On a slightly grey, overcast day we all pile into the cars for a day trip from Loctudy to Camaret. On route we stop at a traditional stone church.
Here we can see some of the archetypal religious architecture that is prevalent in Brittany.
There are several regional features that mark out the Breton country church – one of them is a delicate openwork steeple.
Another detail that sets rural Breton churches apart are the forests of very ornate, carved stone crosses that are found in the church yards – an example of these are pictured above.
These are calvary (calvaire in French) – a type of monumental public crucifix, sometimes encased in an open shrine.
The Breton calvaire is distinguished from a simple crucifix cross by the inclusion of three-dimensional figures surrounding the Crucifixion itself, typically representing Mary and the apostles of Jesus, though later saints and symbolic figures may also be depicted.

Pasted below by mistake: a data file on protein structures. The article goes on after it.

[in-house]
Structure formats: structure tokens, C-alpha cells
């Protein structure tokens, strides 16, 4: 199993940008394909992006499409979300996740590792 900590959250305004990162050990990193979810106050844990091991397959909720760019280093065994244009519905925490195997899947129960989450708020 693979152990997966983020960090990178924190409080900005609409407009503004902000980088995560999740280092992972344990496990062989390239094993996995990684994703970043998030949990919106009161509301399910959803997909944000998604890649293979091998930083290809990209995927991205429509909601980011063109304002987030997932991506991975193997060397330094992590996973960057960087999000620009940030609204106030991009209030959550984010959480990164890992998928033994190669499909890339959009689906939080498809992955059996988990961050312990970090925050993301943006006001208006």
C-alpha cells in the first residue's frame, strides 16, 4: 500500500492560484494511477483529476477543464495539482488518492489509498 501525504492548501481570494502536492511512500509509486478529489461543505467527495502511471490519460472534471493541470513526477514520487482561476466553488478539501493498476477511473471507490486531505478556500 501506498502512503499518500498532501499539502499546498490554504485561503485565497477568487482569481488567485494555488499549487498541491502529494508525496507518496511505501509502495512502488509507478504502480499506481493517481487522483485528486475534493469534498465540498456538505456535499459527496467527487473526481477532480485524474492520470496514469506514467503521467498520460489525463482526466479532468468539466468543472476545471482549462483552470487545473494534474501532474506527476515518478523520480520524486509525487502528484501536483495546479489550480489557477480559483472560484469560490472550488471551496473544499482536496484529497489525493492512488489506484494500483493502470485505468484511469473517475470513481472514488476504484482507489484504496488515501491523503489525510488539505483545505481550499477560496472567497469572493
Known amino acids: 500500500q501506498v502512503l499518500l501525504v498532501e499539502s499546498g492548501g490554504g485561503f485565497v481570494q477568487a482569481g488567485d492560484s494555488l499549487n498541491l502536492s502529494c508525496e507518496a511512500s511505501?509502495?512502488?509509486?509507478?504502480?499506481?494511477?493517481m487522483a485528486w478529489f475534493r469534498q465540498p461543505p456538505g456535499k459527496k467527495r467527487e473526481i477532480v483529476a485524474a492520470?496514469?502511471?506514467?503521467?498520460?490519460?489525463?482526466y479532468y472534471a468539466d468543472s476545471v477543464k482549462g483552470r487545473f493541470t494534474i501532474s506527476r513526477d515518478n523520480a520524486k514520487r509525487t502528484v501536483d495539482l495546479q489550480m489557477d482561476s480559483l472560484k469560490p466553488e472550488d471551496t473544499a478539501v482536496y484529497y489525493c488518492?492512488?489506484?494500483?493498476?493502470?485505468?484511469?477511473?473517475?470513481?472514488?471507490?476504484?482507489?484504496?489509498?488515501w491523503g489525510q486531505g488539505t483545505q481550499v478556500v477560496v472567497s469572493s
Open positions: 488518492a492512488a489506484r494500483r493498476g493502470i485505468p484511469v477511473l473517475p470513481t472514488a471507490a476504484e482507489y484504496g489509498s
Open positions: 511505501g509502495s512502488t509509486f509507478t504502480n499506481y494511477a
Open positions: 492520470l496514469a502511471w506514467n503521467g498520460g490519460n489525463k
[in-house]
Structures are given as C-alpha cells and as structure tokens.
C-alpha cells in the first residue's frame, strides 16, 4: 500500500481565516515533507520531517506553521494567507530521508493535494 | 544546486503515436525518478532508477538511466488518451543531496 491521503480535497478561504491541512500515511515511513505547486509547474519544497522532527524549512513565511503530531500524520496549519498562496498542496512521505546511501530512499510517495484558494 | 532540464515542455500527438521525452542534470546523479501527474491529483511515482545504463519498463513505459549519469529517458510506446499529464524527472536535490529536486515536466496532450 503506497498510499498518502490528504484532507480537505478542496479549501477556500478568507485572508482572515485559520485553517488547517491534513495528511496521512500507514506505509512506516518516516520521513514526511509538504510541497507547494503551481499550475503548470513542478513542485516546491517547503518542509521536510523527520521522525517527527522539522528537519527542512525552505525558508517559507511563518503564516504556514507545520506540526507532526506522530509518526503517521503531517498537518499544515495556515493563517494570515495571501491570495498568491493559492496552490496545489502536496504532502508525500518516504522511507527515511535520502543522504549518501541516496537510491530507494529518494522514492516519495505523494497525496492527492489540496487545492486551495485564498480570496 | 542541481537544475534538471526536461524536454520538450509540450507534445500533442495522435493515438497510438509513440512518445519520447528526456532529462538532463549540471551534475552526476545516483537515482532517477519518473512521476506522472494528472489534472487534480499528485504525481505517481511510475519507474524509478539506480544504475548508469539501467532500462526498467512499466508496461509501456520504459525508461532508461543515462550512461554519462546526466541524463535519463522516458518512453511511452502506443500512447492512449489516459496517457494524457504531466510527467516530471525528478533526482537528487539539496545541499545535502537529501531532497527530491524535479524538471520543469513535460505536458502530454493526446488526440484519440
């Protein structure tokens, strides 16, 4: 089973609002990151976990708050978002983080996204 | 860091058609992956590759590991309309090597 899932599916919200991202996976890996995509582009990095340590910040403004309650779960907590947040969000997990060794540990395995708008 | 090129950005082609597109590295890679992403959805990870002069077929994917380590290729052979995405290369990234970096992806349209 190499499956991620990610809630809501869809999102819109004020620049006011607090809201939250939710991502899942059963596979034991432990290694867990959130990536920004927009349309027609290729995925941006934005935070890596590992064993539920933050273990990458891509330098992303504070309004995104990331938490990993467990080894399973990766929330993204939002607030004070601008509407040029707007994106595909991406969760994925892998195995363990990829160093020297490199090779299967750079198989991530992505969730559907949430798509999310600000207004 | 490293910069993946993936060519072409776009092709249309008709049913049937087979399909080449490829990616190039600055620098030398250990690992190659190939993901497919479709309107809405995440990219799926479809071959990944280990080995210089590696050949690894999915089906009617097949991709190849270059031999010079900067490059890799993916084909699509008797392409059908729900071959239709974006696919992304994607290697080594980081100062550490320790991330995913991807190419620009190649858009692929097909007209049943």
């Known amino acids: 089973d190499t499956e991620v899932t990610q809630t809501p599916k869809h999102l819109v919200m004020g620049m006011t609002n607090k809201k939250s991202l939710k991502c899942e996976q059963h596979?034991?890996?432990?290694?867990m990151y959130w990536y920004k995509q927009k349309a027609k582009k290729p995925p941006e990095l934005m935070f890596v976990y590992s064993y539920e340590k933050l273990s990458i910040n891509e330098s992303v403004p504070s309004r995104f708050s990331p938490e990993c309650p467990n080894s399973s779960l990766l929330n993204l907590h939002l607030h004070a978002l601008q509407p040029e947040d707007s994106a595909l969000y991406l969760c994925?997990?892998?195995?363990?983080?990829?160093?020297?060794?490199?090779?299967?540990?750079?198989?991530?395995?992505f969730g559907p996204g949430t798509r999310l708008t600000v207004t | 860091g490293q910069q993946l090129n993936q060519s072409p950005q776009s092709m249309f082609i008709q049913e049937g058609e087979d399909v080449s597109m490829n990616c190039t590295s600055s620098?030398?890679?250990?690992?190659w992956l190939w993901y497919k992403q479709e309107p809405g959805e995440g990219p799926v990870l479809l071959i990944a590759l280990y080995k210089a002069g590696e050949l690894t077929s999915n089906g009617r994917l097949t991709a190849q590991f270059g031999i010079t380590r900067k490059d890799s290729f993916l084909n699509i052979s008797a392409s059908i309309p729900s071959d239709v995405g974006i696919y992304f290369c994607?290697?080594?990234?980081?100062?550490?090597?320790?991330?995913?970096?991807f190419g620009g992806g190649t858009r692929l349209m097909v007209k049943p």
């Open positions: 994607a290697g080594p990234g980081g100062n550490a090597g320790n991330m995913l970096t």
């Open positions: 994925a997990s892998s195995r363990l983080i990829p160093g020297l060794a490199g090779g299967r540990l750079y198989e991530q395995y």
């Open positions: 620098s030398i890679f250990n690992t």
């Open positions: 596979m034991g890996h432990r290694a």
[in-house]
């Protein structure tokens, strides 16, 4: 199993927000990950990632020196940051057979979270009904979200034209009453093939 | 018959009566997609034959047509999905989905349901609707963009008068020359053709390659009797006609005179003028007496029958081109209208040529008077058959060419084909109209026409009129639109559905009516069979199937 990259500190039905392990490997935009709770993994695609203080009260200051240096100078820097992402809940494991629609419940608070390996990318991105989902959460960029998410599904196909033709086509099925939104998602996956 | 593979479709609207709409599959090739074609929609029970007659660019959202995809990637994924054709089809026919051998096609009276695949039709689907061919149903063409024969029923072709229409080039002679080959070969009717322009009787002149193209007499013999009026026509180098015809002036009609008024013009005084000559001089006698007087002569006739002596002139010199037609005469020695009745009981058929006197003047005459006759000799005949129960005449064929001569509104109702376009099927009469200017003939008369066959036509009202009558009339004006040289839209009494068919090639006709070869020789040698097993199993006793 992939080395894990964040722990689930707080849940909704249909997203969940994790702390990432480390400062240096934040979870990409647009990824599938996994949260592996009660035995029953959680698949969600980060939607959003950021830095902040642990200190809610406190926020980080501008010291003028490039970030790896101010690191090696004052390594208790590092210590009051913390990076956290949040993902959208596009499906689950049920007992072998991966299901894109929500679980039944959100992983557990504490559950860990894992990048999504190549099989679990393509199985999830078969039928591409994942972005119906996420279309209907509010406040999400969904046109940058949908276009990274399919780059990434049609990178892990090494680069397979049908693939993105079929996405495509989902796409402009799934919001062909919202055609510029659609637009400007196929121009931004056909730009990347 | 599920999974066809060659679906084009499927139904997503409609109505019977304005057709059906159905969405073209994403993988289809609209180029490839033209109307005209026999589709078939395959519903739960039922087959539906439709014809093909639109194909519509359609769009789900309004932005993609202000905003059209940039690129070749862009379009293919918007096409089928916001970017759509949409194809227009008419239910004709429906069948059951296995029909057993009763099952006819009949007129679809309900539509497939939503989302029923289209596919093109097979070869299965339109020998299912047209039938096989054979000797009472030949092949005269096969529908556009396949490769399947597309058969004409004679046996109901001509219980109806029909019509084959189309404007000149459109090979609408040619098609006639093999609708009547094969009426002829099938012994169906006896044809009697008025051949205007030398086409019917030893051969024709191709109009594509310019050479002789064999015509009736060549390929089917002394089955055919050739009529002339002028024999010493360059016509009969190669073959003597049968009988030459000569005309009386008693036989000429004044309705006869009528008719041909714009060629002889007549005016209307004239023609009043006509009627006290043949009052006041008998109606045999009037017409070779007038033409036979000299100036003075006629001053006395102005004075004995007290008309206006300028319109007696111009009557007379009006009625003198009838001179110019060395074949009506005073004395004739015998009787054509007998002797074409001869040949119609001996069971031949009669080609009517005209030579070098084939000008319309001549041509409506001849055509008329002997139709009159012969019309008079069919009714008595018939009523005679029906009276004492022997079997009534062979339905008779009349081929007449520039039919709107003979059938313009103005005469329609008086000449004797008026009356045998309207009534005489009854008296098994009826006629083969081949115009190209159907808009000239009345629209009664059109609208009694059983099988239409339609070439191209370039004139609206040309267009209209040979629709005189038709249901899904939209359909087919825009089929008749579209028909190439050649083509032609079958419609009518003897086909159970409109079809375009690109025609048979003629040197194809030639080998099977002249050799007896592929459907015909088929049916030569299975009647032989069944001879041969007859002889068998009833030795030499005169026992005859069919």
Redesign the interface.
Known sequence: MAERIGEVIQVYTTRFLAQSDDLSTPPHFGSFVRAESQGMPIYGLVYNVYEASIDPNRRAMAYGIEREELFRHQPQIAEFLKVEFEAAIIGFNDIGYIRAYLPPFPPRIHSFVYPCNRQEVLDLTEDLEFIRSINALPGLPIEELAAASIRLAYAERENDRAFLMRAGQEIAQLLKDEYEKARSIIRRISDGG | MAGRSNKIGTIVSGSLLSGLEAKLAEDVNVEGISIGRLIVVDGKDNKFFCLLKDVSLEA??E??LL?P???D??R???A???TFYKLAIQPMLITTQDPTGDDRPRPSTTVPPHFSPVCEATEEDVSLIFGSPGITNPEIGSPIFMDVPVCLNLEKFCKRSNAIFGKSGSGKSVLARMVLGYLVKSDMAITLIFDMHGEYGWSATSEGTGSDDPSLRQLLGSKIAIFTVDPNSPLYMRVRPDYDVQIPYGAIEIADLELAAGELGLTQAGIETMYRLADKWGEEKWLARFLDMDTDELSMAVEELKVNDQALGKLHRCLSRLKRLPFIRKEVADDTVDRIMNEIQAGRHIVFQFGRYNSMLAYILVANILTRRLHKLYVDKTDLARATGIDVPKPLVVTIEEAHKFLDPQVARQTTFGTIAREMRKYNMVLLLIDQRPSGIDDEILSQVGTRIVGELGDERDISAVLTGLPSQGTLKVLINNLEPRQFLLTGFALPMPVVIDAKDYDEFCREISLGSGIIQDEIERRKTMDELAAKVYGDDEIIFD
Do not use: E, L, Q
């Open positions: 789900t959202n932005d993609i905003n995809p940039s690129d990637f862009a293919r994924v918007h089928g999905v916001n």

Inside we can see colourful stained glass and carved icons glore.
Moving one from old churches we briefly stop off at some truly ancient relics. Below are a selection of the mysterious, ancient, menhir that can be found in Brittany.
A menhir is a Breton term for a standing stone; it can be on its own, part of an alignment, or part of a circle.
The nippers are not so enchanted with a load of old rocks so we don’t dally for long!